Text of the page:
Nursing report calls to end anti-Black racism and discrimination within the profession

Toronto, Feb. 8, 2022. In a groundbreaking report released today, the Registered Nurses’ Association of Ontario’s (RNAO) Black Nurses Task Force (BNTF) unveiled recommendations to tackle structural racism within nursing organizations, regulatory bodies, associations and the broader health system.

“For years, Black nurses have been afraid to speak out about the microaggressions, discrimination and racism they face within academic and workplace settings for fear of reprisal and the suppressive behaviours of managers,” says BNTF co-chair and RNAO Past-President Dr. Angela Cooper Brathwaite. “Today, during Black History Month, we’re proud to release a report that sheds a light on the challenges and barriers Black nurses face and the solutions that will help us eliminate anti-Black racism and discrimination within the nursing profession.”

The BNTF is made up of 17 Black nurses and nursing students working in various sectors of the health system with a mandate to tackle systemic racism and discrimination within nursing.

The report, Acknowledging, Addressing and Tackling Anti-Black Racism and Discrimination Within the Nursing Profession, features 19 recommendations. The BNTF was guided in its work by four main pillars: education and awareness building; research; advocacy at all levels; and partnership with allies and stakeholders. The report also includes information from a scoping review of the literature and results from an online survey of 205 Black nurses across Ontario.

The report’s recommendations are:

  • Include racism and discrimination as a topic in nursing and interprofessional curriculums.
  • Provide equitable and fair placements for Black nurses in all practice settings.
  • Provide mentoring programs for nursing students to enhance academic achievements, reduce stress, anxiety and dropout rates and to empower Black students.
  • Create educational and research grants/financial incentives/scholarships targeted specifically for Black applicants.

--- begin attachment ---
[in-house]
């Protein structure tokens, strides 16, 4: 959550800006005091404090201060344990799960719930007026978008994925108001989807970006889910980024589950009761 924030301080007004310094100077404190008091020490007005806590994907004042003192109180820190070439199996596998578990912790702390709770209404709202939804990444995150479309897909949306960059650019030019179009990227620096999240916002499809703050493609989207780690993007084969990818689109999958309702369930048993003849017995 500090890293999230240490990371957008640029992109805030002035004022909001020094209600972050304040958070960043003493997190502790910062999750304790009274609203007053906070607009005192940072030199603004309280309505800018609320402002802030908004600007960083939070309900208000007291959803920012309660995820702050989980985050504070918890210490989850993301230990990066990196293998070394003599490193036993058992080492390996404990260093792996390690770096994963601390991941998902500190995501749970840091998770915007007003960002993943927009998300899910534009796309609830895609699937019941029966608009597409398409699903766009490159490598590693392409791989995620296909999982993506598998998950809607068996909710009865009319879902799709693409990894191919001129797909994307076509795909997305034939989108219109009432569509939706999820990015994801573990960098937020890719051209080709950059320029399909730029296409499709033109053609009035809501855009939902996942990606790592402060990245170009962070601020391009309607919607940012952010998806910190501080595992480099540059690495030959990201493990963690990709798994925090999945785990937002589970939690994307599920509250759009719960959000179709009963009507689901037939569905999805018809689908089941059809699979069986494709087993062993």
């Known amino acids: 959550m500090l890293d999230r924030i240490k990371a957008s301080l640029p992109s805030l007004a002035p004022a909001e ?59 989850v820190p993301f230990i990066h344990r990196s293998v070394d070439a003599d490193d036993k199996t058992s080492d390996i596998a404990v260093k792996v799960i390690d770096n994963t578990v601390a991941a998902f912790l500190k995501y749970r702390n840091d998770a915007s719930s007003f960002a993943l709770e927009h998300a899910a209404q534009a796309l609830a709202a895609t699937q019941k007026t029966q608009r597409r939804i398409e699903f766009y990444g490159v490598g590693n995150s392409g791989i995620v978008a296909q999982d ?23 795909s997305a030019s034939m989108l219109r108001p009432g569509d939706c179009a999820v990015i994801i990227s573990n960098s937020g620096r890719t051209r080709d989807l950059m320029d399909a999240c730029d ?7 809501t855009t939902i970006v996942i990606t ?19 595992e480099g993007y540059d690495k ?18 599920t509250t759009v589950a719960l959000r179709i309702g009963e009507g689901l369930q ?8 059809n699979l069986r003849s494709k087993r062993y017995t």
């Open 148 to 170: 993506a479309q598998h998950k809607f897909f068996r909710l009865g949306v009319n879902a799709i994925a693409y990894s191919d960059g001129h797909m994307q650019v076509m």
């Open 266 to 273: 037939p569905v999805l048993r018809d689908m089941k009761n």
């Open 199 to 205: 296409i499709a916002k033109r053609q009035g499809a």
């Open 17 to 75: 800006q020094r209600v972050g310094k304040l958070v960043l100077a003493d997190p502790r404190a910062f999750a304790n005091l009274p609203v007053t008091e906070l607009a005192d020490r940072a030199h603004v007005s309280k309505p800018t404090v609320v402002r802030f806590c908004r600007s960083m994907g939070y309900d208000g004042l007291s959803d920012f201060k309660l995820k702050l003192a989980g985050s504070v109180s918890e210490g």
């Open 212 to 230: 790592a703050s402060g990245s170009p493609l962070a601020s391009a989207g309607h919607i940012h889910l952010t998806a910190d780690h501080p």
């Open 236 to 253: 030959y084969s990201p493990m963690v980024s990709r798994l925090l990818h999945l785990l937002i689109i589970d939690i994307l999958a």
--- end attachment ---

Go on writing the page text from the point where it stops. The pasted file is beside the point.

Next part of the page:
• Develop and implement anti-racism, anti-oppression, cultural safety, and diversity, equity and inclusion training and orientation for staff at all levels in all workplace and academic settings.
  • Include diversity, equity and inclusion committees in all workplaces and academic settings to address racism and discrimination.
  • Hold all staff (professors, managers, health-care providers) accountable for addressing racial discrimination and develop specific strategies to combat it.
  • Acknowledge systemic racism and discrimination exists at individual, organization and policy levels. Non-Black nurses must self-identify and address their individual biases. They must be encouraged by their organization to continually engage in reflective practice and delve into their perceptions and experiences to assess inherent biases and values.
  • Create safe spaces for Black nurses to open up about the discrimination and oppression they face in professional settings.
  • Embed mentorship programs in workplaces for Black nurses to facilitate professional growth and development, and to improve retention and recruitment of Black employees.
  • Provide tools and resources to support Black nurses as they navigate difficult challenges when dealing with residents, patients or families who display racism.